From the time of Jeroboam's death to Elijah's appearance before Ahab the people of Israel suffered a steady spiritual decline. Ruled by men who did not fear Jehovah and who encouraged strange forms of worship, the larger number of the people rapidly lost sight of their duty to serve the living God and adopted many of the practices of idolatry.
Nadab, the son of Jeroboam, occupied the throne of Israel for only a few months. His career of evil was suddenly stopped by a conspiracy headed by Baasha, one of his generals, to gain control of the government. Nadab was slain, with all his kindred in the line of succession, "according unto the saying of the Lord, which He spake by His servant Ahijah the Shilonite: because of the sins of Jeroboam which he sinned, and which he made Israel sin." 1 Kings 15:29, 30.
Thus perished the house of Jeroboam. The idolatrous worship introduced by him had brought upon the guilty offenders the retributive judgments of Heaven; and yet the
rulers who followed--Baasha, Elah, Zimri, and Omri--during a period of nearly forty years, continued in the same fatal course of evil-doing.
During the greater part of this time of apostasy in Israel, Asa was ruling in the kingdom of Judah. For many years "Asa did that which was good and right in the eyes of the Lord his God: for he took away the altars of the strange gods, and the high places, and brake down the images, and cut down the groves: and commanded Judah to seek the Lord God of their fathers, and to do the law and the commandment. Also he took away out of all the cities of Judah the high places and the sun [margin] images: and the kingdom was quiet before him." 2 Chronicles 14:2-5.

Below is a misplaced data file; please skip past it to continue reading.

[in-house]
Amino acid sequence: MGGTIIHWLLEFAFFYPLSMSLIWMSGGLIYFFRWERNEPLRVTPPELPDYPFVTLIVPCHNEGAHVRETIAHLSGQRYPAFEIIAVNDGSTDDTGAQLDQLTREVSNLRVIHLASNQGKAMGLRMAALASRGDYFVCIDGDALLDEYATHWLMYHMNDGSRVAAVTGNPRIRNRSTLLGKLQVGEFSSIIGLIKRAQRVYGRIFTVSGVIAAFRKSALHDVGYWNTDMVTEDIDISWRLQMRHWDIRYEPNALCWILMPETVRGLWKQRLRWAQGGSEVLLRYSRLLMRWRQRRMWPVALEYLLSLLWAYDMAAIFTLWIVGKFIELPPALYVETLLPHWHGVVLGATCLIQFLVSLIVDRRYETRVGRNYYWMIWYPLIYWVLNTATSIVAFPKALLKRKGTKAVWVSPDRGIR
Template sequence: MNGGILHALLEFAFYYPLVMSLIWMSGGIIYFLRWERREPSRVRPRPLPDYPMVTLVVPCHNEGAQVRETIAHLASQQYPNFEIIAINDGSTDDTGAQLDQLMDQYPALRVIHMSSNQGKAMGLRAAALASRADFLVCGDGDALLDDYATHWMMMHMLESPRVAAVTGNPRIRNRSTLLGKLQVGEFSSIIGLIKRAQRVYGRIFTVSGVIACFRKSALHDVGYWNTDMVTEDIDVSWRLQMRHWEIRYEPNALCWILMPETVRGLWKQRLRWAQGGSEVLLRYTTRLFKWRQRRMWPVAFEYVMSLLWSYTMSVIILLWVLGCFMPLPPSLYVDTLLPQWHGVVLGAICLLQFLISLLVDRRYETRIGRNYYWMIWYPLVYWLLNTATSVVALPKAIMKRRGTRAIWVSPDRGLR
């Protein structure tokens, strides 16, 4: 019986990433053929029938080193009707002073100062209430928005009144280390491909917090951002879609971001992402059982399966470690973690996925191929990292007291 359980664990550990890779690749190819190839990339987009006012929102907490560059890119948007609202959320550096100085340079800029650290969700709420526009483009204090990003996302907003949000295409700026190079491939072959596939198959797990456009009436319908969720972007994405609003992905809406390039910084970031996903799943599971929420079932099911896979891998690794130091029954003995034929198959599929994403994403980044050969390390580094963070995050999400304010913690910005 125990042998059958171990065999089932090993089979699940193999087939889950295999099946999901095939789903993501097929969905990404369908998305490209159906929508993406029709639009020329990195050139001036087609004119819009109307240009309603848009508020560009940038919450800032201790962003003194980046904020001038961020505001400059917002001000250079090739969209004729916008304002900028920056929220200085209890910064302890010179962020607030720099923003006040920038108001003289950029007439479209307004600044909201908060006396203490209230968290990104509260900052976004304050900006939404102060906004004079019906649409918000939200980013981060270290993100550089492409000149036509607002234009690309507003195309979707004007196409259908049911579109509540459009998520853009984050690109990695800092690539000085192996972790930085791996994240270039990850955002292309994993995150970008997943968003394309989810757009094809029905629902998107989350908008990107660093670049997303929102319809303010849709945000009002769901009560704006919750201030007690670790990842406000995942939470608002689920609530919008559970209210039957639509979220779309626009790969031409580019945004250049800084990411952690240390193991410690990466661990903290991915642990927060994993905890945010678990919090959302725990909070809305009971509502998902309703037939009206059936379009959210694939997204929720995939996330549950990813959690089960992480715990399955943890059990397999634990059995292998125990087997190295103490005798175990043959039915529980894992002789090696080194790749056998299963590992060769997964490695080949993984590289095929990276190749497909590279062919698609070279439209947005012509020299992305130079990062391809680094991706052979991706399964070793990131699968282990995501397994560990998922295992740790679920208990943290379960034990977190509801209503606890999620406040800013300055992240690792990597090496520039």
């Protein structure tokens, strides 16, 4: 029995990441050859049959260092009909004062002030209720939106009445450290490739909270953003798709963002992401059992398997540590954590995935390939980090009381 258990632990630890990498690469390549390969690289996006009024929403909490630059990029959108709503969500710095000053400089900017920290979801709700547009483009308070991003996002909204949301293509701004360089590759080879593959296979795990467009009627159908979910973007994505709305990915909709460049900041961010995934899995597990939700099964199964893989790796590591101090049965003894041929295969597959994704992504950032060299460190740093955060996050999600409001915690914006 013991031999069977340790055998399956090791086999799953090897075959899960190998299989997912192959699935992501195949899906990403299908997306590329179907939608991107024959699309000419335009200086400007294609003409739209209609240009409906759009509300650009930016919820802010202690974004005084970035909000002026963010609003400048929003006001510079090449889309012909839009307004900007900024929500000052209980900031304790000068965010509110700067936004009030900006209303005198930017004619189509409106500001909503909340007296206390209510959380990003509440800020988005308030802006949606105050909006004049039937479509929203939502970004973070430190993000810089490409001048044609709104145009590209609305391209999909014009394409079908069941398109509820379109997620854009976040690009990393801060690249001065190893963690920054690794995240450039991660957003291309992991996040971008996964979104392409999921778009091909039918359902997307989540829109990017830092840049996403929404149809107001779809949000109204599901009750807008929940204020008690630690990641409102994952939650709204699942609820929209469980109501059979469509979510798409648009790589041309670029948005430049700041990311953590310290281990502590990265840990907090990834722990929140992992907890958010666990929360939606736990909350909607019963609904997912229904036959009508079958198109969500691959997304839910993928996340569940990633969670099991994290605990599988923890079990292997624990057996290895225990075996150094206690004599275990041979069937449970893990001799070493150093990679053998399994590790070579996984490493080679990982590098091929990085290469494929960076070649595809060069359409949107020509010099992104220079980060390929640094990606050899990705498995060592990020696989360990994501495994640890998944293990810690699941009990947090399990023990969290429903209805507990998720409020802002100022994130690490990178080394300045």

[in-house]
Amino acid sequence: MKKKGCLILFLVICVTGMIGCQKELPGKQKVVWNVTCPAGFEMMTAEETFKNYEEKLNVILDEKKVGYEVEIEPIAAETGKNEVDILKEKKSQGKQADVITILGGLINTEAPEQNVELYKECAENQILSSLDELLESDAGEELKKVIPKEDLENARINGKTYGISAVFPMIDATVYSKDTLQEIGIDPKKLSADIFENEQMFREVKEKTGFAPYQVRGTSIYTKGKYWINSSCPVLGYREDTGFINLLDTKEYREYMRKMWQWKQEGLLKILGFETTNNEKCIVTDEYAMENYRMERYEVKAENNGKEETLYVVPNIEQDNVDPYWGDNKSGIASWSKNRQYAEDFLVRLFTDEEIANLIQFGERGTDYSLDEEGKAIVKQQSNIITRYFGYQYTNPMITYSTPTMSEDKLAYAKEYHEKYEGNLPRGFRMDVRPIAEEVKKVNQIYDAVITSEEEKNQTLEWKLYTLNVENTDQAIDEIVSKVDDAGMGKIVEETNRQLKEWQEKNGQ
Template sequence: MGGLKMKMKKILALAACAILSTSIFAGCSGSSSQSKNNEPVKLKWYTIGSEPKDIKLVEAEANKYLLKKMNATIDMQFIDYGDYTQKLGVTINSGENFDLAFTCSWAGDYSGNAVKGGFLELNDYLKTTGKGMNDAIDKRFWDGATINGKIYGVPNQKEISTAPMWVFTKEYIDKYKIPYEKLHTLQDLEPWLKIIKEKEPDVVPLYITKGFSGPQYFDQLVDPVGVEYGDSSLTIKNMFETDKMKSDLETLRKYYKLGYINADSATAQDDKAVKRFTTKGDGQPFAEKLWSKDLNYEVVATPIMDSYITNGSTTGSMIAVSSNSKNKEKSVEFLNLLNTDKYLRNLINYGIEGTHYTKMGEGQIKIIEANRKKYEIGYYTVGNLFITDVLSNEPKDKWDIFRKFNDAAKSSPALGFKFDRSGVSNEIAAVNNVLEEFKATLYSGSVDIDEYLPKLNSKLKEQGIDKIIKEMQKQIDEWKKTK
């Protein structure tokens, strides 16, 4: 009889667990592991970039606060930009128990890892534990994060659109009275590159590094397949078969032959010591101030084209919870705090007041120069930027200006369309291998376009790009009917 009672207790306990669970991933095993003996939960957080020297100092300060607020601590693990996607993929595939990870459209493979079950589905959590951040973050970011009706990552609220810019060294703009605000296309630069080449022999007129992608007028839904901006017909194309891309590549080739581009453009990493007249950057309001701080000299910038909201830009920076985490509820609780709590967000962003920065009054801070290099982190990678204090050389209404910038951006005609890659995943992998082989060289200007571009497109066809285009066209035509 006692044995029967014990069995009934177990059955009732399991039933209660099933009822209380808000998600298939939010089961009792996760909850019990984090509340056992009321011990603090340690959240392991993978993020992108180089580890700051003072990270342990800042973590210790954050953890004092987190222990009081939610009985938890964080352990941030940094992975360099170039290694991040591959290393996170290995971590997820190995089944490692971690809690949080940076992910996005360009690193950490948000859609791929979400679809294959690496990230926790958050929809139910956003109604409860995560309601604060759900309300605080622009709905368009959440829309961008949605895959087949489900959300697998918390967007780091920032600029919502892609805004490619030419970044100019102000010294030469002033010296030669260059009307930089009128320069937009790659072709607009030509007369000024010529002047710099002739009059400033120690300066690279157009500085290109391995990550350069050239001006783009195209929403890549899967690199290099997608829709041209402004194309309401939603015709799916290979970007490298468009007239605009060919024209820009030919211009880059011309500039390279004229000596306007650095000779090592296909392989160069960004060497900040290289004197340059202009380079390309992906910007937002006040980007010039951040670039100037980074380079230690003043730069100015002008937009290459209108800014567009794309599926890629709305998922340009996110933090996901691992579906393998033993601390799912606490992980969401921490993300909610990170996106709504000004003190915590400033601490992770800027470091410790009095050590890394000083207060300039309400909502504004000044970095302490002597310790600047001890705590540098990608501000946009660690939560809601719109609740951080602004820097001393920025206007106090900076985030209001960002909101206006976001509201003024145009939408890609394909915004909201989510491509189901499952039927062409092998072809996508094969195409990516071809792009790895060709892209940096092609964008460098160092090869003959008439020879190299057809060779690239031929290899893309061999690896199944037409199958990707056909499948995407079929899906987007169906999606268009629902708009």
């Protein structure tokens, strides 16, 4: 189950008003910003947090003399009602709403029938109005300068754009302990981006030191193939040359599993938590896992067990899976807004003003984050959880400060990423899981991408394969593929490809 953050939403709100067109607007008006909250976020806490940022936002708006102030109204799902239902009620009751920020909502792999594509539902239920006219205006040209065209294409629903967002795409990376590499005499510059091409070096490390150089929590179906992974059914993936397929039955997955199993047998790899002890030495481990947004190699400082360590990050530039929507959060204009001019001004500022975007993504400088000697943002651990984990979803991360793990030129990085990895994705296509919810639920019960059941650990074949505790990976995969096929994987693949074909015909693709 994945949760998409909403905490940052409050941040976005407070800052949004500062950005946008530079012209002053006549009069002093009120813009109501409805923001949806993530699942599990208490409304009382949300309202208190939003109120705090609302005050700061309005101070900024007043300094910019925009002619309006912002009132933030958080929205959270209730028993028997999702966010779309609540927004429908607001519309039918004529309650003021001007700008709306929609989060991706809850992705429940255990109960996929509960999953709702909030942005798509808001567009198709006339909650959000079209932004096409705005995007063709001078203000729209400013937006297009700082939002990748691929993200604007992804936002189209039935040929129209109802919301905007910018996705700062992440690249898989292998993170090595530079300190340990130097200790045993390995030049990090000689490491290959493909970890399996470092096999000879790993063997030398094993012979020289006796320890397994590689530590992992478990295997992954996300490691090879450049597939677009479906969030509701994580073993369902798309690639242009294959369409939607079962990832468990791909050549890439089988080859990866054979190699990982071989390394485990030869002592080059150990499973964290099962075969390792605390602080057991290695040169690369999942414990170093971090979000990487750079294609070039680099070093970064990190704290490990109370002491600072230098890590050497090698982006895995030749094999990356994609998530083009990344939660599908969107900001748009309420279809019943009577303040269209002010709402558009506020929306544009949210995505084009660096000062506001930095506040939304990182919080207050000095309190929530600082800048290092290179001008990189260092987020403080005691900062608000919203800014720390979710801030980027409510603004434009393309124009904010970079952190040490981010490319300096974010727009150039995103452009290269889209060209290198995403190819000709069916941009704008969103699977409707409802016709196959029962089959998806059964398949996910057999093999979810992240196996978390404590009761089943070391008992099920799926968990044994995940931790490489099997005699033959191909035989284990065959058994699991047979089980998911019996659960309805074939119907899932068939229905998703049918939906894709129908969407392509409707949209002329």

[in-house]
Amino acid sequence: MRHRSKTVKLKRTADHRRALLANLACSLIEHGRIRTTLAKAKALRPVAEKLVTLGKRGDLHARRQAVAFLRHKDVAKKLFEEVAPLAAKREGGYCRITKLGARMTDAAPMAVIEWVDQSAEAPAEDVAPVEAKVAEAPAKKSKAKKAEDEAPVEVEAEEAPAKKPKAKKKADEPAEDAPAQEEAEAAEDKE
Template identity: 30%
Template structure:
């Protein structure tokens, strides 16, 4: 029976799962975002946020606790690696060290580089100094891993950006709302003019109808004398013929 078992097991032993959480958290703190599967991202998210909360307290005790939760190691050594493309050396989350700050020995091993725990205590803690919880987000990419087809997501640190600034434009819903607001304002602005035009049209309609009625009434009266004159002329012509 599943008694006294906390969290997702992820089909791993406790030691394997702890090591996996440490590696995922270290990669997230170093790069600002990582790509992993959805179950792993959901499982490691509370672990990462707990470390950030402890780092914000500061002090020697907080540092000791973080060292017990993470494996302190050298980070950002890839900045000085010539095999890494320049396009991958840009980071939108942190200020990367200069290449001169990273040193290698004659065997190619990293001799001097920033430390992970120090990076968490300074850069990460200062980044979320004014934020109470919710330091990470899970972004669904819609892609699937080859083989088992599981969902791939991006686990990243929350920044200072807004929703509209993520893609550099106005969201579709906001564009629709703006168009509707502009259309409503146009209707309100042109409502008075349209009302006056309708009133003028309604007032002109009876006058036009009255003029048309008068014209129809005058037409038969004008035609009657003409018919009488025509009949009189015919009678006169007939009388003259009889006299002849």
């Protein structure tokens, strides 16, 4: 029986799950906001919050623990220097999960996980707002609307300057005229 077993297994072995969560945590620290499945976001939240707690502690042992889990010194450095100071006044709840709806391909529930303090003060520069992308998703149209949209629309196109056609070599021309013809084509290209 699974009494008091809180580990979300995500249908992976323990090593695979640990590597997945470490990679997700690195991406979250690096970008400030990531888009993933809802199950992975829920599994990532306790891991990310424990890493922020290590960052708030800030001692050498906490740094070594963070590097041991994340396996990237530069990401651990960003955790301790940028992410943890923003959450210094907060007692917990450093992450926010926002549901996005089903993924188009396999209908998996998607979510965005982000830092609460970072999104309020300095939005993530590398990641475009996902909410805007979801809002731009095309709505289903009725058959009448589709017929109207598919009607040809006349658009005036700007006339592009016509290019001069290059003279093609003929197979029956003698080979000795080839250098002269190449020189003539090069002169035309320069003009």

The faith of Asa was put to a severe test when "Zerah the Ethiopian with an host of a thousand thousand, and three hundred chariots," invaded his kingdom. Verse 9. In this crisis Asa did not put his trust in the "fenced cities in Judah" that he had built, with "walls, and towers, gates, and bars," nor in the "mighty men of valor" in his carefully trained army. Verses 6-8. The king's trust was in Jehovah of hosts, in whose name marvelous deliverances had been wrought in behalf of Israel of old. Setting his forces in battle array, he sought the help of God.
The opposing armies now stood face to face. It was a time of test and trial to those who served the Lord. Had every sin been confessed? Had the men of Judah full confidence in God's power to deliver? Such thoughts as these were in the minds of the leaders. From every human viewpoint the vast host from Egypt would sweep everything before it. But in time of peace Asa had not been giving
himself to amusement and pleasure; he had been preparing for any emergency. He had an army trained for conflict; he had endeavored to lead his people to make their peace with God. And now, although his forces were fewer in number than the enemy, his faith in the One whom he had made his trust did not weaken.